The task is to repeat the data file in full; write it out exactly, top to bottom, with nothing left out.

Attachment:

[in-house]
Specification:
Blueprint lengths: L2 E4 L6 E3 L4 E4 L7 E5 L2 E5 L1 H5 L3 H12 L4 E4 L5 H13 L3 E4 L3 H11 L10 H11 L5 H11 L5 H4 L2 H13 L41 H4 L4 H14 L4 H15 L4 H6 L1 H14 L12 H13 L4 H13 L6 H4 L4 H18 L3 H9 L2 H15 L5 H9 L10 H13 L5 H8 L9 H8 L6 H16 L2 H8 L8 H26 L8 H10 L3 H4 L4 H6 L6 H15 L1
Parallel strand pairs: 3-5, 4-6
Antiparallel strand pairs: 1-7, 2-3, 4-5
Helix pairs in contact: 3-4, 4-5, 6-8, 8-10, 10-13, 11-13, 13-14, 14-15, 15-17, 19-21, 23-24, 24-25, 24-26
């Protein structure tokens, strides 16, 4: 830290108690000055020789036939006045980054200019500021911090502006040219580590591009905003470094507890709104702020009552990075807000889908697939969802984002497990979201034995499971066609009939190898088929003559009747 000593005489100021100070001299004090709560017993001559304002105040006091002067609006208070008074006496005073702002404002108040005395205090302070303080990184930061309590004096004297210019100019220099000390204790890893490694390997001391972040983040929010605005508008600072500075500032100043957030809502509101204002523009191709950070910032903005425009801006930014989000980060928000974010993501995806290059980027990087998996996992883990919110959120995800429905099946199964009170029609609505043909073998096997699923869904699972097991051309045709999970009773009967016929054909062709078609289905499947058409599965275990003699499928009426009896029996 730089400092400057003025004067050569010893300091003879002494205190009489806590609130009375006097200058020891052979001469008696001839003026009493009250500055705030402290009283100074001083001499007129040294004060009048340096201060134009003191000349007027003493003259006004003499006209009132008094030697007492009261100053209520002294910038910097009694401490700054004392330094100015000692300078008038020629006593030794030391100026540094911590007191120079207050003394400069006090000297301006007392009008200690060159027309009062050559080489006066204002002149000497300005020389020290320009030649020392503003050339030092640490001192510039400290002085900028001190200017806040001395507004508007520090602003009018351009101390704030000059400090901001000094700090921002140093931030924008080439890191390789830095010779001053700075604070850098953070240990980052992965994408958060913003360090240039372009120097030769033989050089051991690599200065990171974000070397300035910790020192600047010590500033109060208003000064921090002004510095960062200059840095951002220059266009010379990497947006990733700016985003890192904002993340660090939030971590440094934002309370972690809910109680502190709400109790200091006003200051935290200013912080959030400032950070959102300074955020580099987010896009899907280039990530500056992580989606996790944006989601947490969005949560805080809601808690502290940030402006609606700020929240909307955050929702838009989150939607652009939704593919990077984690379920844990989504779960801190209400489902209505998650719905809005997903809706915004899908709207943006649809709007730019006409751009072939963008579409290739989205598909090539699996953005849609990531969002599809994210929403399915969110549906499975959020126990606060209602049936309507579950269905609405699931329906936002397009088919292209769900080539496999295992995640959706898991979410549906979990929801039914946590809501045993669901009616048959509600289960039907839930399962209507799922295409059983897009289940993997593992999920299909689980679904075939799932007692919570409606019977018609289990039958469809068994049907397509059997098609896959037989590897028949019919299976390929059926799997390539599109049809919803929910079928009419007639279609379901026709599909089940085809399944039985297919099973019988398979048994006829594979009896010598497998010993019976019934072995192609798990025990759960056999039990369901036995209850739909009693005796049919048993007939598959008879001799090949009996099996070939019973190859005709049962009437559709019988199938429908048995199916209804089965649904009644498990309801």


[in-house]
Specification:
Blueprint lengths: L2 E4 L6 E3 L4 E4 L7 E5 L2 E5 L1 H5 L3 H12 L4 E4 L5 H13 L3 E4 L3 H11 L10 H11 L5 H11 L5 H4 L2 H13 L41 H4 L4 H14 L4 H15 L4 H6 L1 H14 L12 H13 L4 H13 L6 H4 L4 H18 L3 H9 L2 H15 L5 H9 L10 H13 L5 H8 L9 H8 L6 H16 L2 H8 L8 H26 L8 H10 L3 H4 L4 H6 L6 H15 L1
Parallel strand pairs: 3-5, 4-6
Antiparallel strand pairs: 1-7, 2-3, 4-5
Helix pairs in contact: 3-4, 4-5, 6-8, 8-10, 10-13, 11-13, 13-14, 14-15, 15-17, 19-21, 23-24, 24-25, 24-26
């Protein structure tokens, strides 16, 4: 830290108690000055020789036939006045980054200019500021911090502006040219580590591009905003470094507890709104702020009552990075807000889908697939969802984002497990979201034995499971066609009939190898088929003559009747 000593005489100021100070001299004090709560017993001559304002105040006091002067609006208070008074006496005073702002404002108040005395205090302070303080990184930061309590004096004297210019100019220099000390204790890893490694390997001391972040983040929010605005508008600072500075500032100043957030809502509101204002523009191709950070910032903005425009801006930014989000980060928000974010993501995806290059980027990087998996996992883990919110959120995800429905099946199964009170029609609505043909073998096997699923869904699972097991051309045709999970009773009967016929054909062709078609289905499947058409599965275990003699499928009426009896029996 730089400092400057003025004067050569010893300091003879002494205190009489806590609130009375006097200058020891052979001469008696001839003026009493009250500055705030402290009283100074001083001499007129040294004060009048340096201060134009003191000349007027003493003259006004003499006209009132008094030697007492009261100053209520002294910038910097009694401490700054004392330094100015000692300078008038020629006593030794030391100026540094911590007191120079207050003394400069006090000297301006007392009008200690060159027309009062050559080489006066204002002149000497300005020389020290320009030649020392503003050339030092640490001192510039400290002085900028001190200017806040001395507004508007520090602003009018351009101390704030000059400090901001000094700090921002140093931030924008080439890191390789830095010779001053700075604070850098953070240990980052992965994408958060913003360090240039372009120097030769033989050089051991690599200065990171974000070397300035910790020192600047010590500033109060208003000064921090002004510095960062200059840095951002220059266009010379990497947006990733700016985003890192904002993340660090939030971590440094934002309370972690809910109680502190709400109790200091006003200051935290200013912080959030400032950070959102300074955020580099987010896009899907280039990530500056992580989606996790944006989601947490969005949560805080809601808690502290940030402006609606700020929240909307955050929702838009989150939607652009939704593919990077984690379920844990989504779960801190209400489902209505998650719905809005997903809706915004899908709207943006649809709007730019006409751009072939963008579409290739989205598909090539699996953005849609990531969002599809994210929403399915969110549906499975959020126990606060209602049936309507579950269905609405699931329906936002397009088919292209769900080539496999295992995640959706898991979410549906979990929801039914946590809501045993669901009616048959509600289960039907839930399962209507799922295409059983897009289940993997593992999920299909689980679904075939799932007692919570409606019977018609289990039958469809068994049907397509059997098609896959037989590897028949019919299976390929059926799997390539599109049809919803929910079928009419007639279609379901026709599909089940085809399944039985297919099973019988398979048994006829594979009896010598497998010993019976019934072995192609798990025990759960056999039990369901036995209850739909009693005796049919048993007939598959008879001799090949009996099996070939019973190859005709049962009437559709019988199938429908048995199916209804089965649904009644498990309801």